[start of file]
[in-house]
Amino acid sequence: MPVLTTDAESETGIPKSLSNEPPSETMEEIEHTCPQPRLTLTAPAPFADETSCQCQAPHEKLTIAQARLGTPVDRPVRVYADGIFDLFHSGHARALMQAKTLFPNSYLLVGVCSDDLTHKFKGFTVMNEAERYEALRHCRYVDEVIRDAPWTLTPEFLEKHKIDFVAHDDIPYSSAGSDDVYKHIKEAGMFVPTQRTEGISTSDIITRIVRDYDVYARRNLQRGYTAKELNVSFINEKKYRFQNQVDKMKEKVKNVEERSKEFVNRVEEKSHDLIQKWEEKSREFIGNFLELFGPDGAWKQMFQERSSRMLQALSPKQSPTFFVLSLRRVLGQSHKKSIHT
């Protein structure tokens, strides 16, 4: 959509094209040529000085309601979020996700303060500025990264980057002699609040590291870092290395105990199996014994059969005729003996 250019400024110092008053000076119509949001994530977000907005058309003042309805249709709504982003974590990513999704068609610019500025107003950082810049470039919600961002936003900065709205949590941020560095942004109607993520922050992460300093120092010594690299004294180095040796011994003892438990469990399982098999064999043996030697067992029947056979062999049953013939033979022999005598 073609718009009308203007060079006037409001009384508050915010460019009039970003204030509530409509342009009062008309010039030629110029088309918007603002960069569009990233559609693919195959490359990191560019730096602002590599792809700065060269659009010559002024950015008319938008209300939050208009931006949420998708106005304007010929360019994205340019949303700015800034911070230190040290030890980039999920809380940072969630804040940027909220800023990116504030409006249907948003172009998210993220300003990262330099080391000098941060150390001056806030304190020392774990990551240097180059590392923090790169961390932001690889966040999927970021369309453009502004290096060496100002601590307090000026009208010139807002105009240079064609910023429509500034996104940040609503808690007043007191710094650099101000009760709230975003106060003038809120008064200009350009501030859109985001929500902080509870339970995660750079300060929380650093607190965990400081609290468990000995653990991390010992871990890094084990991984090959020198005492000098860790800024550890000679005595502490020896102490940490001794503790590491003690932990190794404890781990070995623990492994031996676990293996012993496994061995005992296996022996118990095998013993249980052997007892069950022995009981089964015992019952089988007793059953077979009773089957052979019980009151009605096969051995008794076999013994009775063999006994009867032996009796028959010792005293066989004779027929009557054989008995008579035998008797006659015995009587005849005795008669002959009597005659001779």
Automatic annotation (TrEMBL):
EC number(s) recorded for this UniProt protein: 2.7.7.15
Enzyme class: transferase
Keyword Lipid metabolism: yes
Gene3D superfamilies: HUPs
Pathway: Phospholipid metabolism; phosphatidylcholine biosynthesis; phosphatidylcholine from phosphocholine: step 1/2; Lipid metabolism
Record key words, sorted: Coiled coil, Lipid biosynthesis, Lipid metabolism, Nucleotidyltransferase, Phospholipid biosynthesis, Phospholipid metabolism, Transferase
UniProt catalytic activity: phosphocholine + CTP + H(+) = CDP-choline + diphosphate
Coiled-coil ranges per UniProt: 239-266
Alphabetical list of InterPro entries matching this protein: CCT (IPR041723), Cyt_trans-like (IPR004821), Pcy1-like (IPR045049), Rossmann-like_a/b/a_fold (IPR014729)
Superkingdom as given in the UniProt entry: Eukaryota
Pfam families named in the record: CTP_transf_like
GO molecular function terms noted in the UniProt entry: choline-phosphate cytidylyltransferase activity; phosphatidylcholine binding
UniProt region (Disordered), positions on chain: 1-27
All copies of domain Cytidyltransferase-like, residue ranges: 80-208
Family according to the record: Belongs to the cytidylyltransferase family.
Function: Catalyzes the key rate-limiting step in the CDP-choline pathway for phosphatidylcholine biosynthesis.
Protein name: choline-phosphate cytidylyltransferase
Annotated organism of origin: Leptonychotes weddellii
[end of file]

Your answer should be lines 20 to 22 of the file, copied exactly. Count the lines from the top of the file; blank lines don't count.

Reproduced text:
Function: Catalyzes the key rate-limiting step in the CDP-choline pathway for phosphatidylcholine biosynthesis.
Protein name: choline-phosphate cytidylyltransferase
Annotated organism of origin: Leptonychotes weddellii